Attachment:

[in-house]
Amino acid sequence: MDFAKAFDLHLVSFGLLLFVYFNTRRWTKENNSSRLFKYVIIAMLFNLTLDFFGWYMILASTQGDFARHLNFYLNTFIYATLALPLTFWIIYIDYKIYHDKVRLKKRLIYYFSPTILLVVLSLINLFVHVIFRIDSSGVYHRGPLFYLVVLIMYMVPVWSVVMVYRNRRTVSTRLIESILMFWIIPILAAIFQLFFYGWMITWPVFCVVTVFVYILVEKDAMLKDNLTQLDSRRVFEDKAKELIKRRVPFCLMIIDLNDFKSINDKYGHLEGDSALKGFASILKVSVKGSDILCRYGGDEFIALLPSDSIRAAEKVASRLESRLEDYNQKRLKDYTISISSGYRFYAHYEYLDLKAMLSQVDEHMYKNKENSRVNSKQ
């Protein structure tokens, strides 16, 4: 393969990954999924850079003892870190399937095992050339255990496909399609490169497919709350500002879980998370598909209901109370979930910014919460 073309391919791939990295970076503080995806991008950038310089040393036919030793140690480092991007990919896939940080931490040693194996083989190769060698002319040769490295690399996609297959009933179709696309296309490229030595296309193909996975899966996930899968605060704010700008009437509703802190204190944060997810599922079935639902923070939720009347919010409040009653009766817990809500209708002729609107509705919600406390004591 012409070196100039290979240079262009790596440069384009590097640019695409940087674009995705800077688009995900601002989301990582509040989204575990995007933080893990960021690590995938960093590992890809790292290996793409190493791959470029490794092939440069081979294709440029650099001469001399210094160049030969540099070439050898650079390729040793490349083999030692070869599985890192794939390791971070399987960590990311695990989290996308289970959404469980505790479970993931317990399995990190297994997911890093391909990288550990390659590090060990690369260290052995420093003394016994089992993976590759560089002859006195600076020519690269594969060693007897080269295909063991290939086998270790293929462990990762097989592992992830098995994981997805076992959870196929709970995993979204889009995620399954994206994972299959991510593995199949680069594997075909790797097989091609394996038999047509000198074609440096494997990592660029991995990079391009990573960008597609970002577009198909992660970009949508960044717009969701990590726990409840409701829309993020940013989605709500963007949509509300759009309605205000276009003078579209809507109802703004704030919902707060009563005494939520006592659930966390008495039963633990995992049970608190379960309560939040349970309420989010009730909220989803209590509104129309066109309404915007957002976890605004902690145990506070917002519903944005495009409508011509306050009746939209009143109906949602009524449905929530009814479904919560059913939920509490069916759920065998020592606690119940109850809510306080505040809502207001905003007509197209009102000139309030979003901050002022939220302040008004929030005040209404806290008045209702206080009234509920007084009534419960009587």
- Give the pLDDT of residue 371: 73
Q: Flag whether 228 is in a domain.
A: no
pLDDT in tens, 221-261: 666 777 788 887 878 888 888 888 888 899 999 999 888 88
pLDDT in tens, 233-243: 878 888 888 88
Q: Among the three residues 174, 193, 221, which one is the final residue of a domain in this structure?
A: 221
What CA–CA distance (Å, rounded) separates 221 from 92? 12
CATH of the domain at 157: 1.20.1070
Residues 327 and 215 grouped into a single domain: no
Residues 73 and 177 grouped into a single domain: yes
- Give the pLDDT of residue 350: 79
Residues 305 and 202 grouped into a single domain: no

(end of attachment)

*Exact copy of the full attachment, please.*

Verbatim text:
[in-house]
Amino acid sequence: MDFAKAFDLHLVSFGLLLFVYFNTRRWTKENNSSRLFKYVIIAMLFNLTLDFFGWYMILASTQGDFARHLNFYLNTFIYATLALPLTFWIIYIDYKIYHDKVRLKKRLIYYFSPTILLVVLSLINLFVHVIFRIDSSGVYHRGPLFYLVVLIMYMVPVWSVVMVYRNRRTVSTRLIESILMFWIIPILAAIFQLFFYGWMITWPVFCVVTVFVYILVEKDAMLKDNLTQLDSRRVFEDKAKELIKRRVPFCLMIIDLNDFKSINDKYGHLEGDSALKGFASILKVSVKGSDILCRYGGDEFIALLPSDSIRAAEKVASRLESRLEDYNQKRLKDYTISISSGYRFYAHYEYLDLKAMLSQVDEHMYKNKENSRVNSKQ
């Protein structure tokens, strides 16, 4: 393969990954999924850079003892870190399937095992050339255990496909399609490169497919709350500002879980998370598909209901109370979930910014919460 073309391919791939990295970076503080995806991008950038310089040393036919030793140690480092991007990919896939940080931490040693194996083989190769060698002319040769490295690399996609297959009933179709696309296309490229030595296309193909996975899966996930899968605060704010700008009437509703802190204190944060997810599922079935639902923070939720009347919010409040009653009766817990809500209708002729609107509705919600406390004591 012409070196100039290979240079262009790596440069384009590097640019695409940087674009995705800077688009995900601002989301990582509040989204575990995007933080893990960021690590995938960093590992890809790292290996793409190493791959470029490794092939440069081979294709440029650099001469001399210094160049030969540099070439050898650079390729040793490349083999030692070869599985890192794939390791971070399987960590990311695990989290996308289970959404469980505790479970993931317990399995990190297994997911890093391909990288550990390659590090060990690369260290052995420093003394016994089992993976590759560089002859006195600076020519690269594969060693007897080269295909063991290939086998270790293929462990990762097989592992992830098995994981997805076992959870196929709970995993979204889009995620399954994206994972299959991510593995199949680069594997075909790797097989091609394996038999047509000198074609440096494997990592660029991995990079391009990573960008597609970002577009198909992660970009949508960044717009969701990590726990409840409701829309993020940013989605709500963007949509509300759009309605205000276009003078579209809507109802703004704030919902707060009563005494939520006592659930966390008495039963633990995992049970608190379960309560939040349970309420989010009730909220989803209590509104129309066109309404915007957002976890605004902690145990506070917002519903944005495009409508011509306050009746939209009143109906949602009524449905929530009814479904919560059913939920509490069916759920065998020592606690119940109850809510306080505040809502207001905003007509197209009102000139309030979003901050002022939220302040008004929030005040209404806290008045209702206080009234509920007084009534419960009587």
- Give the pLDDT of residue 371: 73
Q: Flag whether 228 is in a domain.
A: no
pLDDT in tens, 221-261: 666 777 788 887 878 888 888 888 888 899 999 999 888 88
pLDDT in tens, 233-243: 878 888 888 88
Q: Among the three residues 174, 193, 221, which one is the final residue of a domain in this structure?
A: 221
What CA–CA distance (Å, rounded) separates 221 from 92? 12
CATH of the domain at 157: 1.20.1070
Residues 327 and 215 grouped into a single domain: no
Residues 73 and 177 grouped into a single domain: yes
- Give the pLDDT of residue 350: 79
Residues 305 and 202 grouped into a single domain: no